New Study Examines Homogeneity and Diversity on Group Performance

Over the years there have been several published studies showing that more diverse groups are better at problem solving and accomplishing tasks because members of different racial and ethnic groups bring in different perspectives.

Dr. Phillips
Dr. Phillips
Dr. Richeson
Dr. Richeson

A new study by Evan Apfelbaum of the Massachusetts Institute of Technology, Katherine Phillips of Columbia University, and Jennifer Richeson of Northwestern University, finds that socially homogeneous groups have built in limitations and their members tend to overestimate their contributions to the group’s success. Apfelbaum states, “both diversity and homogeneity have the ability to affect how people think or make decisions.” Homogeneity, the authors write, may produce “groupthink,” where members of the group fall into an unwarranted consensus. Apfelbaum states that the homogenous groups may produce “an artificially low level of conflict, not a normal level of conflict. Homogeneity reduces the likelihood that people recognize differences of opinion that exist.”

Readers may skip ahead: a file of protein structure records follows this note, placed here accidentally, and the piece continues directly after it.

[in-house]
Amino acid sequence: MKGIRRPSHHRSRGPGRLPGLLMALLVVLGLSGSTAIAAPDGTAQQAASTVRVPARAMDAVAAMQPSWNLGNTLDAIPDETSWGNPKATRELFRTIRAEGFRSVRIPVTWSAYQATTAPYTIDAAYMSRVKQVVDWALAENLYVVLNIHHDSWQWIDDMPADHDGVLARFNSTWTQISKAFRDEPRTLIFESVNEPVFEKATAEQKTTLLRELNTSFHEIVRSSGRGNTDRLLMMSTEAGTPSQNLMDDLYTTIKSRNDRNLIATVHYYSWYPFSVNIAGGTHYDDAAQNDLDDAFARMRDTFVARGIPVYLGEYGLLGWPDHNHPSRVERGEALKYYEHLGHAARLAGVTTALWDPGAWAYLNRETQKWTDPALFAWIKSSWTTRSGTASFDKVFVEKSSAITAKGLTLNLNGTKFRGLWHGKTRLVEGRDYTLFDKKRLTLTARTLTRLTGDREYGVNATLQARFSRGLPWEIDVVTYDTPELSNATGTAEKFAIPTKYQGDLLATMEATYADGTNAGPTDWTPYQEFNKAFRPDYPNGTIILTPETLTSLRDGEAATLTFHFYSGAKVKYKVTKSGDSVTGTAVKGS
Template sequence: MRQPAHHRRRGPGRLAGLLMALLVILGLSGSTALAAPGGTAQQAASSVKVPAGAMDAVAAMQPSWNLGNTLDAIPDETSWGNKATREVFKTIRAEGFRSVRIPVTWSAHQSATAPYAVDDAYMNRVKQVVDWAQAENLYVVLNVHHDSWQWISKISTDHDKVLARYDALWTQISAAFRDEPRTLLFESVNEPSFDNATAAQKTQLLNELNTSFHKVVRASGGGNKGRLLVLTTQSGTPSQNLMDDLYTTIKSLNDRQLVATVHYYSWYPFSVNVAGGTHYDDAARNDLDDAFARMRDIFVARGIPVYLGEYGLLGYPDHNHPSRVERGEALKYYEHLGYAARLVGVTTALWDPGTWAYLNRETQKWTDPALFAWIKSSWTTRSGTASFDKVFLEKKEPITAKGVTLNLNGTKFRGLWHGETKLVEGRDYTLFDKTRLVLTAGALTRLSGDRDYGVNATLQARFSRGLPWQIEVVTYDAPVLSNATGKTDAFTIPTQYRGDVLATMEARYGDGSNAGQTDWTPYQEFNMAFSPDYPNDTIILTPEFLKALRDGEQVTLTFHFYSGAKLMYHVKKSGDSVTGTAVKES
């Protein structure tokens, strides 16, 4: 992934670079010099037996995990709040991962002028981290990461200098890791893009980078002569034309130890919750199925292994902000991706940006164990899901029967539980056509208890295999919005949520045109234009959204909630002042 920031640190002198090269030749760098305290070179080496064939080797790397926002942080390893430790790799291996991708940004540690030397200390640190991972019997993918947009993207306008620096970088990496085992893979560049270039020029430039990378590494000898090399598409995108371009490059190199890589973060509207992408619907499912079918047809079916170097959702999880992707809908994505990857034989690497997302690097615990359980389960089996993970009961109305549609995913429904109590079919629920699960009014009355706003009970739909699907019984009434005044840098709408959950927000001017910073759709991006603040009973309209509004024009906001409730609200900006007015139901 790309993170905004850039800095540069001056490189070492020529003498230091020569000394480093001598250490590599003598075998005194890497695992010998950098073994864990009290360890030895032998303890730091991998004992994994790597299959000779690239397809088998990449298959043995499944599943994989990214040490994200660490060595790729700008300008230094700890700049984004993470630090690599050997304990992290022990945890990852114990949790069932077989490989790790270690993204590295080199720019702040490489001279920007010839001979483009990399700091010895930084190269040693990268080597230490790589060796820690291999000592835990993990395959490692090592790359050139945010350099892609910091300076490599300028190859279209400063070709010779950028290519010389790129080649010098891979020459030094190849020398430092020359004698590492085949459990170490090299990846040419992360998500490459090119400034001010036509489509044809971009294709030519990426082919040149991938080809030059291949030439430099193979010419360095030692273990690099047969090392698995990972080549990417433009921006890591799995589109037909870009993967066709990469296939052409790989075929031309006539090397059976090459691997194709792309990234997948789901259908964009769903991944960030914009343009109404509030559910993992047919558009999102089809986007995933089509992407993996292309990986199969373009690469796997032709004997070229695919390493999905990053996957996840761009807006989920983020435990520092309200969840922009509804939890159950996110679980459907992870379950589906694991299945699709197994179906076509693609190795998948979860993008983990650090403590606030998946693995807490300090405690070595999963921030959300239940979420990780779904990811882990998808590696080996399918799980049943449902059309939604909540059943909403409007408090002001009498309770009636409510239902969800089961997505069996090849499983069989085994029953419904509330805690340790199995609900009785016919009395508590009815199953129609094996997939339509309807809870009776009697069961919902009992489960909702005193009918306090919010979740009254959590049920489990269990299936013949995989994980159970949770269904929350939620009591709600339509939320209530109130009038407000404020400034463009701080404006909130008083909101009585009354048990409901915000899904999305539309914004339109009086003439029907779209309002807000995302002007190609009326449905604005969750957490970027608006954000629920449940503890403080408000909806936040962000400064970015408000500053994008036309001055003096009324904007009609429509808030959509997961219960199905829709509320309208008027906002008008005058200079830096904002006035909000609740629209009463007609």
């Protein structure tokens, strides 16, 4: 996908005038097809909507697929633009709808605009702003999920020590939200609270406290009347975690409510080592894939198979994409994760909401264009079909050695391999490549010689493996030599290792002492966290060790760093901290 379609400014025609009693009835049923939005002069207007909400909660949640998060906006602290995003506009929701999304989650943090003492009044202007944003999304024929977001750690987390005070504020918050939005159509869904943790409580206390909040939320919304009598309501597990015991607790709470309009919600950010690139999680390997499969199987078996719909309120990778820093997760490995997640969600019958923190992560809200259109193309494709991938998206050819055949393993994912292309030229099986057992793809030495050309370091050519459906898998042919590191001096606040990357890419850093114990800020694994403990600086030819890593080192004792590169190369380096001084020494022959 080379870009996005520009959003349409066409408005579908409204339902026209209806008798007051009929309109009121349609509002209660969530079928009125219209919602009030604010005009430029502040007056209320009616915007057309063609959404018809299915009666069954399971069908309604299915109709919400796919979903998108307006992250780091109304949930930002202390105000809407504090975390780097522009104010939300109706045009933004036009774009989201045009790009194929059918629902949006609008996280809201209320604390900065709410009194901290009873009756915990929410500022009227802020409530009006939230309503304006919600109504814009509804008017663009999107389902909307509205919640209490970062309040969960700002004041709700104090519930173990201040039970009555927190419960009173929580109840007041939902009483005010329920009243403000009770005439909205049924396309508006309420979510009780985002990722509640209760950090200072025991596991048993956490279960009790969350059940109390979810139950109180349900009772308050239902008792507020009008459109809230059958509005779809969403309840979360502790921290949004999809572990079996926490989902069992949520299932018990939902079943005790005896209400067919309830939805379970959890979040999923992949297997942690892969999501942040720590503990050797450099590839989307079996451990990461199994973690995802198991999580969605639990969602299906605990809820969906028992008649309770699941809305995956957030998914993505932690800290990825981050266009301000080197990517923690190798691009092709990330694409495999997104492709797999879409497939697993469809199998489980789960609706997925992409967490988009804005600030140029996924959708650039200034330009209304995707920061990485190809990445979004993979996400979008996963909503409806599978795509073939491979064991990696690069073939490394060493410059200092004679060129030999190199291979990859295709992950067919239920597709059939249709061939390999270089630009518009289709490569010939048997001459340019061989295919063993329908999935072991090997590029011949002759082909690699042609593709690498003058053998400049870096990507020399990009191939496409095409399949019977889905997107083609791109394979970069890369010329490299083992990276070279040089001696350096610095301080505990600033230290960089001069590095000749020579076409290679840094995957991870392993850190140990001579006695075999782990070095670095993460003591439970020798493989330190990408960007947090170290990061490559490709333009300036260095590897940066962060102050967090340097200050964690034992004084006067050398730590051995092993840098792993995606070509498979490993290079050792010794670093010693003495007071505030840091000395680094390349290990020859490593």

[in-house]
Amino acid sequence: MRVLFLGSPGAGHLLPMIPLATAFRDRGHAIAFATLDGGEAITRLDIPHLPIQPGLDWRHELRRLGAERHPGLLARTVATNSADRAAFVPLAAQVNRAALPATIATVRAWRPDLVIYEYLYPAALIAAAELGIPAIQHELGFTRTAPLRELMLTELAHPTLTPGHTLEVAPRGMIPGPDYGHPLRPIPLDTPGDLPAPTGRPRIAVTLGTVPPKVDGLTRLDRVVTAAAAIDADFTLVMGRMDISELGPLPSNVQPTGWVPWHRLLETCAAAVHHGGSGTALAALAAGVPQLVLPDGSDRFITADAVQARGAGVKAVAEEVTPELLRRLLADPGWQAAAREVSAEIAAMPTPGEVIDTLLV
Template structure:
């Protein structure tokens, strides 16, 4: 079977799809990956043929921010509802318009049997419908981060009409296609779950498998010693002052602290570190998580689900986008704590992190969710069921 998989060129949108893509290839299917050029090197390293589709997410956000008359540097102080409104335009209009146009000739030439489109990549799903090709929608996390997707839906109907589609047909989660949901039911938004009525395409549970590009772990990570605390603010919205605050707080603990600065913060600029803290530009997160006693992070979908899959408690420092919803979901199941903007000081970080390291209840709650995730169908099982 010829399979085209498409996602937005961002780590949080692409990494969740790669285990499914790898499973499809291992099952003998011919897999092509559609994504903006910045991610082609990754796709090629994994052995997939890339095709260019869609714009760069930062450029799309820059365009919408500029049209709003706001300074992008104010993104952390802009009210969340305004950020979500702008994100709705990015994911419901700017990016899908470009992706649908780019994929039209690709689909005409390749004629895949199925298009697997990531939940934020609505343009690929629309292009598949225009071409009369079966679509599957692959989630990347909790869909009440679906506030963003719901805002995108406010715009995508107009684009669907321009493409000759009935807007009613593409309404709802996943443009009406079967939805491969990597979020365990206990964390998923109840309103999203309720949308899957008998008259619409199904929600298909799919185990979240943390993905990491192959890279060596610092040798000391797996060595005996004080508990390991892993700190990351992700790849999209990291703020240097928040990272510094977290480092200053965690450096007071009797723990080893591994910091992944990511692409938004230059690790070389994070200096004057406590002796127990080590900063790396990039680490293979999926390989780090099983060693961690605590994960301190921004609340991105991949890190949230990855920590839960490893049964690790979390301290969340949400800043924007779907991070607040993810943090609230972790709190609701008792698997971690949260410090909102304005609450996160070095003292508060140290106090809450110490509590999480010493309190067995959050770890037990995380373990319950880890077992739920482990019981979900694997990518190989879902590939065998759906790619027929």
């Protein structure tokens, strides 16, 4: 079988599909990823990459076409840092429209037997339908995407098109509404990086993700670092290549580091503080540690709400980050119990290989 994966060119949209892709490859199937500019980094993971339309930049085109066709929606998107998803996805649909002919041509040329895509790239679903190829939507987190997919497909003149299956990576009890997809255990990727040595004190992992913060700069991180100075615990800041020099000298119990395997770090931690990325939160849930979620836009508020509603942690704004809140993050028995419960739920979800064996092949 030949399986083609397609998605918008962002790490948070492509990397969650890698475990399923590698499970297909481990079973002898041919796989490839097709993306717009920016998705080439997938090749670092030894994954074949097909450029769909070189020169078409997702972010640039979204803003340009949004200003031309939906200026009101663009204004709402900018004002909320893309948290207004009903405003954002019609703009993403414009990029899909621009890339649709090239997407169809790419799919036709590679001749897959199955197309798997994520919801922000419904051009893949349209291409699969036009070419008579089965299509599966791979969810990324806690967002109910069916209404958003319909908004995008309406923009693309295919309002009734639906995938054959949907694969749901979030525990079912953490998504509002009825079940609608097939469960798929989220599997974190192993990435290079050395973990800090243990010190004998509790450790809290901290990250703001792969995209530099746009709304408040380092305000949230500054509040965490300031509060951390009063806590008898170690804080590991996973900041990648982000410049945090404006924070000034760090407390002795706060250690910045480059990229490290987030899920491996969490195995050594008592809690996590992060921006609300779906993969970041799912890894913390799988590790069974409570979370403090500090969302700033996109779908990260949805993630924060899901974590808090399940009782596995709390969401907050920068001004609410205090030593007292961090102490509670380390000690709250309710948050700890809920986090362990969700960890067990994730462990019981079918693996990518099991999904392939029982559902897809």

“Being with similar people serves a very basic psychological need to belong and feel comfortable,” Apfelbaum observes. “We’re not arguing there’s no value in that. We’re arguing there is a trade-off with that. The social settings that make us feel good are not necessarily the ones that produce accurate judgments.”

The study, “Rethinking the Baseline in Diversity Research: Should We Be Explaining the Effects of Homogeneity?” was published in the journal Perspectives on Psychological Science. It may be accessed here.

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  1. This is where America and social science are at odds. This research proves that integration is a worthwhile goal, but attempts to create this social order is illusive to achieve.

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